David L. Chapman and Douglas Brown's Universal Hunks: A Pictorial History of Muscular Men Around the World, 1895-1975 (Arsenal Press, 2013) chronicles the modern era of physical culture. Like its predecessor, 2009's American Hunks, Universal Hunks is both a picture book and a cultural history of the meanings of male muscle in advertising, sport, entertainment, and political propaganda. The 300-page book includes photographs and drawings from posters, stamps, magazines, cigar box lids, comic books, and more, outside the USA. In five sections representing five continents, the book both illustrates and analyzes varying ideals of male beauty, noting, for instance, that European bodybuilders have traditionally been less concerned with mass than their North American counterparts, focusing more on aesthetic concerns, such as symmetry. Also, the heavy bulk we associate with Japanese sumo wrestling is a development of the later twentieth century, the earlier competitors being less sumptuously upholstered. It includes a trove of apparently rare physique shots--including posing photos of novelist/actor Yukio Mishima and actor Sean Connery (both bodybuilders) that I have never seen on the Internet.
I have not yet read the entire book, but I have scanned it thoroughly enough to know that it comments on the importance of wrestling in defining masculinity, particularly in Japan, Mexico, India, Mongolia, Turkey, and various parts of the African continent. We are told. for instance, that Mongolians regard wrestling, along with horsemanship and archery, as one of the "Three Manly Skills." There are portraits of Glima (Icelandic wrestling) champion Hallgrimur Benediktsson, Senegalese and Gambian wrestlers, Indian wrestler Ghulam Muhammad, Japanese wrestler Matsada Sorakichi (pictured in the tenth picture above with US wrestler Ernst Roeber), Turkish Greco-Roman wrestler Ahmed Madrali, and, as I had hoped and expected, the great El Santo of Mexico. Also, spurred to a little online research, I confirmed a hunch that several of the bodybuilders pictured in the book later ventured into pro-wrestling rings, such as handsome Estonian George Hackenschmidt*, reputed inventor of the "bear hug." Fellow Estonian strongman Georg Lurich (pictured in the ninth photo above--and in the sixth in a wrestling pose with Czech wrestler Karl Pospeschil) was a Greco-Roman wrestler and trainer (of Hackenschmidt, among others).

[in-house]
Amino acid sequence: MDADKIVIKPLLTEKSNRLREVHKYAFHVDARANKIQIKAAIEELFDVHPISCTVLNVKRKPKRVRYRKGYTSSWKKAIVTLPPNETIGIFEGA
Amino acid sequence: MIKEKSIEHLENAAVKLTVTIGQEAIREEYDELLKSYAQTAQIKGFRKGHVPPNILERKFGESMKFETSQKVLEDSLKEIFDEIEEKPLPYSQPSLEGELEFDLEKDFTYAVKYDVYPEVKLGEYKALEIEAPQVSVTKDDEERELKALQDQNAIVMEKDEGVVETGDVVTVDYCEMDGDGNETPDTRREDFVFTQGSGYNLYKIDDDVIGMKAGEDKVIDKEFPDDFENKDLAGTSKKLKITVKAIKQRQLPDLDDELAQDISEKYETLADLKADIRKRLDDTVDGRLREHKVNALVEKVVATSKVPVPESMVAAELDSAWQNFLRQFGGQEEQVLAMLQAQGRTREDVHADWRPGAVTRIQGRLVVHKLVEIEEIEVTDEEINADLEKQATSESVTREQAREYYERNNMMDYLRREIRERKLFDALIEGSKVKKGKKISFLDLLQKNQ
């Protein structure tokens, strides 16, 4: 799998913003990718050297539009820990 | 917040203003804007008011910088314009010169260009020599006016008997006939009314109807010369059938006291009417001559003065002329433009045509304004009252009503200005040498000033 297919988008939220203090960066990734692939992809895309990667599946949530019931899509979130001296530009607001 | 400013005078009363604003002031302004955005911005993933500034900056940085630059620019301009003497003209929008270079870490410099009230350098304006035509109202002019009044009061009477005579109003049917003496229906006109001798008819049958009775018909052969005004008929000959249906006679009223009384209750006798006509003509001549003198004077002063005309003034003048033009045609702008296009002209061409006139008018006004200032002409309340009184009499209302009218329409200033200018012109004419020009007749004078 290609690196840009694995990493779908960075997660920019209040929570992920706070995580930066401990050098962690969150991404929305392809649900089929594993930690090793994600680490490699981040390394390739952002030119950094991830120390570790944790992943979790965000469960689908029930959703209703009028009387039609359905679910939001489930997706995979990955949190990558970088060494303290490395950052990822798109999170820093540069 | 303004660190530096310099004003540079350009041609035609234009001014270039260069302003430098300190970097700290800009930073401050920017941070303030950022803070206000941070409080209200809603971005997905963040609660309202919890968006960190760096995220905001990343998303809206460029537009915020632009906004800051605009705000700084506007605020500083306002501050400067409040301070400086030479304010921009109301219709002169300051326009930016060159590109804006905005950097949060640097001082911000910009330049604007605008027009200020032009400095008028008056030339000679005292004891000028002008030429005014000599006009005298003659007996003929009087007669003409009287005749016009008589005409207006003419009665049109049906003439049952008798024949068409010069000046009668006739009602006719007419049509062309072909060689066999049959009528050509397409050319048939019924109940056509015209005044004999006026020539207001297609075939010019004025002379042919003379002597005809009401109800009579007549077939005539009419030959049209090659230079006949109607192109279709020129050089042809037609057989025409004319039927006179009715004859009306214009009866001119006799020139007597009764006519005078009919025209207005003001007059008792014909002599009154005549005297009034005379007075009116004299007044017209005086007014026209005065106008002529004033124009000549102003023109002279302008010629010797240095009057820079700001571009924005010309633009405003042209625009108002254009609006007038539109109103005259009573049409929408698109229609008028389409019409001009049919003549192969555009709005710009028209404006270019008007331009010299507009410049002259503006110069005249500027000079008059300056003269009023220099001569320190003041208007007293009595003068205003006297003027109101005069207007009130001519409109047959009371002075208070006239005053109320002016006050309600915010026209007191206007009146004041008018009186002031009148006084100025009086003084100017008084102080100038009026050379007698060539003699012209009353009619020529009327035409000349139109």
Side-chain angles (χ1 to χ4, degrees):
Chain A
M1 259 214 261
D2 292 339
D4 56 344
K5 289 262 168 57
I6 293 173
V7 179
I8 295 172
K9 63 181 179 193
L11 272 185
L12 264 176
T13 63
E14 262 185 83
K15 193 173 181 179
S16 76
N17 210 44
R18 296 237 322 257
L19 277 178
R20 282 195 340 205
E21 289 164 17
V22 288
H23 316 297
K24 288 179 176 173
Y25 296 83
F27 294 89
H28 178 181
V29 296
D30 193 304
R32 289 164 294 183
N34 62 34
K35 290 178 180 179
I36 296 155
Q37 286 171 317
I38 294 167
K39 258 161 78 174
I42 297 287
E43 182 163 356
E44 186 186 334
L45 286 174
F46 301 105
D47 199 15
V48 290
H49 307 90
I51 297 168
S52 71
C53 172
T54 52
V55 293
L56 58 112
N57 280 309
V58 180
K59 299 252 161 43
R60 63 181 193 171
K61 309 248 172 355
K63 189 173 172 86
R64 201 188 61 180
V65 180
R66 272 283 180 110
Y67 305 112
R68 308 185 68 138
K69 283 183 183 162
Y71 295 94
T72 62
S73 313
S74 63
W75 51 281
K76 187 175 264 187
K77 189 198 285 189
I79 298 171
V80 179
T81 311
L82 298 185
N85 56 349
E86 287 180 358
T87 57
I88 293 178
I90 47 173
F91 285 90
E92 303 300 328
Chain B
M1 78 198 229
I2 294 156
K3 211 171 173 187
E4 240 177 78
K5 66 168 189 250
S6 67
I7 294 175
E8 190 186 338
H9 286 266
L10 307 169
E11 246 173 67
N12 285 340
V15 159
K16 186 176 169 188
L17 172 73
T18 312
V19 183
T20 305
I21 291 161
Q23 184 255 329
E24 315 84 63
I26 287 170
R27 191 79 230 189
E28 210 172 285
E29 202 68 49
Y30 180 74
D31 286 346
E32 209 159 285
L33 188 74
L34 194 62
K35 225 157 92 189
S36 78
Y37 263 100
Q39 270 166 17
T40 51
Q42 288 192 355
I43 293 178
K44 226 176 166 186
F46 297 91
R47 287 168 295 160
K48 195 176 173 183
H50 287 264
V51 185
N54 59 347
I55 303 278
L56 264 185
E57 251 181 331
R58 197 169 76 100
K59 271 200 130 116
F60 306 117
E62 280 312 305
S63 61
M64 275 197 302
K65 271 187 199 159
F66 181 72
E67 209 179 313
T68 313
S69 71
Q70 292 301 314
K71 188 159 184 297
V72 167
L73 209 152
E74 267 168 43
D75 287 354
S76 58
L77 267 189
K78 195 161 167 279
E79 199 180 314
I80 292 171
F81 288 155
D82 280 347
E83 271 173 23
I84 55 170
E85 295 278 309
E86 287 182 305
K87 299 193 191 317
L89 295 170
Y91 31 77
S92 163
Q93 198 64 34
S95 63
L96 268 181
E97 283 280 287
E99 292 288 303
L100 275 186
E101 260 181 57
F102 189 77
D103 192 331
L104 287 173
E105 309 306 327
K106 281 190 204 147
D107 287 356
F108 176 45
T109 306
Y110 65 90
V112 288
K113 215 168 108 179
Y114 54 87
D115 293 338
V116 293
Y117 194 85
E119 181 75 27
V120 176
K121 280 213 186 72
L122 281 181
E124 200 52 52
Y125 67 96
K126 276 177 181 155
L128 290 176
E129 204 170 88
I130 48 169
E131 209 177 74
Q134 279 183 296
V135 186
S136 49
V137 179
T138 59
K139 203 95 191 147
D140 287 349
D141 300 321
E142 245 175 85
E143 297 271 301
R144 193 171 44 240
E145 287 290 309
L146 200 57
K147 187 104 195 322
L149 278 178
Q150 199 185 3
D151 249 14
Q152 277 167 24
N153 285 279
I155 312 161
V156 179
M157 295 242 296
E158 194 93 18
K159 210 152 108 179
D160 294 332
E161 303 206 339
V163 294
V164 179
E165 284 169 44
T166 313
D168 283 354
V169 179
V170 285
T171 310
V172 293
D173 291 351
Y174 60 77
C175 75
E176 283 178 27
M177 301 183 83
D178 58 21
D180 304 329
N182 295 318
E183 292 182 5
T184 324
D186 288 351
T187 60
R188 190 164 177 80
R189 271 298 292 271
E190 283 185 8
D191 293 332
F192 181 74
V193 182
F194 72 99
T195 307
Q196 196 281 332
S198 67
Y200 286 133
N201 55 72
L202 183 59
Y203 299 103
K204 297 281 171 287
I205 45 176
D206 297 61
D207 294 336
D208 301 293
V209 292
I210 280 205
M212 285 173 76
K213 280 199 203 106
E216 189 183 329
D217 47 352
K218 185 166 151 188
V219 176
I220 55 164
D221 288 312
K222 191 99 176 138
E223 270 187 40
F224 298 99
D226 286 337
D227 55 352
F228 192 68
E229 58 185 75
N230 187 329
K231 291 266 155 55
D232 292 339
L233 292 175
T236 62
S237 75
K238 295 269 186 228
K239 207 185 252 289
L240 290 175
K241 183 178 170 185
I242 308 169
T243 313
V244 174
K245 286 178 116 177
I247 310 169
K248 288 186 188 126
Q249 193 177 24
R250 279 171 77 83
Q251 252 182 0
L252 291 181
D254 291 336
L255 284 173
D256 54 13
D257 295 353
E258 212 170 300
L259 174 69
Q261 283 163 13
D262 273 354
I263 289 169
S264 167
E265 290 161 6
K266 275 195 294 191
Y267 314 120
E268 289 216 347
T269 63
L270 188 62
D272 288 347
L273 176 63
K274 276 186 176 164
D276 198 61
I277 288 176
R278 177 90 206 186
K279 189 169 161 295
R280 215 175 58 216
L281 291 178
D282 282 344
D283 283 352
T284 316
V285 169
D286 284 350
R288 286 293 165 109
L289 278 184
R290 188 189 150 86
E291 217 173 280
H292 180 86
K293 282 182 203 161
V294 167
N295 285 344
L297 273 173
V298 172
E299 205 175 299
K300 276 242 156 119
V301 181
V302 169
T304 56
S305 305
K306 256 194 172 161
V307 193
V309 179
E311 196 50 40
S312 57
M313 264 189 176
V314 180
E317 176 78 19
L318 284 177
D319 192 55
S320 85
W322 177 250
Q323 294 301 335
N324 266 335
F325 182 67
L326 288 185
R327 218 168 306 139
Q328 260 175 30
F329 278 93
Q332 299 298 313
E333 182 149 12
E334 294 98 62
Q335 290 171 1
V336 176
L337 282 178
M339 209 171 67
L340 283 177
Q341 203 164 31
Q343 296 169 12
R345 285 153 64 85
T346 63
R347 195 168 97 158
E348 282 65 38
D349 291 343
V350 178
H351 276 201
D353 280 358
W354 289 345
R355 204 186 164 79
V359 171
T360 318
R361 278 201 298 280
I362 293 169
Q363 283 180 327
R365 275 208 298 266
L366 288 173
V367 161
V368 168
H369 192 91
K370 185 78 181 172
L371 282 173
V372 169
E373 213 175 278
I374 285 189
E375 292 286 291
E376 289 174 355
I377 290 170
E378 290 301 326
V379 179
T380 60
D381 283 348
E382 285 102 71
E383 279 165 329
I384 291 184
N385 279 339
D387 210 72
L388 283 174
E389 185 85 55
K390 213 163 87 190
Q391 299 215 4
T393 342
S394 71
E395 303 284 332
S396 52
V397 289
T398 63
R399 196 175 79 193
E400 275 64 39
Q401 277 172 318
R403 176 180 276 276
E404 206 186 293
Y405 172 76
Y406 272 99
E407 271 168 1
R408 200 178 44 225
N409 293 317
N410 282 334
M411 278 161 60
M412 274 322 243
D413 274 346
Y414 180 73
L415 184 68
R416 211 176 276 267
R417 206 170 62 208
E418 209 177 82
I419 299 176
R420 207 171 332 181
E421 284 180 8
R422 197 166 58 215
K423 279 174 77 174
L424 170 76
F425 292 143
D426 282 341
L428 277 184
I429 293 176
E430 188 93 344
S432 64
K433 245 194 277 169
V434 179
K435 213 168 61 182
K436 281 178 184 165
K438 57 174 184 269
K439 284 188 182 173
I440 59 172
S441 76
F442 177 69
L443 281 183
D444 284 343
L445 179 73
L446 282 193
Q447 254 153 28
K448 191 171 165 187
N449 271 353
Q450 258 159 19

This is a terrific looking book (it will stack nicely against two other Chapman-edited books in my library, American Hunks and Retro Stud--the latter about sword-and-sandal movies and their sexy, colorful posters). It offers cultural criticism without the pedantic jargon of academic journals, as well as pictures I can jerk off to.
* This book has piqued my interest in Hackenschmidt, astoundingly hot in his youth, speaker of seven languages, writer of several books on physical fitness, philosopher and frequent speaker on the subject of philosophy, instrumental in the popularization of wrestling in England, and personal friend of George Bernard Shaw and Harry Houdini. President Theodore Roosevelt once quipped, "If I wasn't President of the United States, I would like to be George Hackenschmidt."
Photos: (1) book cover photo of Bernardino Ouano of the Philippines, (2) 1959 cover of Belgian magazine Muscles, announcing that "a shirtless man is a happy man," (3) Chinese decathlete C.K Yang on the cover of a 1963 Sports Illustrated, (4) Prussian strongman Eugen Sandow as pictured in 1908's Bailliere's Popular Atlas of the Anatomy and Physiology of the Male Human Body, (5) 1961 Senegalese postage stamp designed by Albert Decaris, (6) Georg Lurich and Karl Pospeschil, (7) Paul Hawker's photo of British actor and physique model John Hamill, (8) K.V. Iyer of Bangalore, (9) Georg Lurich, (10) Matsada Sorakichi and Ernst Roeber, (11) actor Alain Delon on the poster for the film Plein Soleil aka Purple Noon, and (12) 1973 cover of French comic book Kronos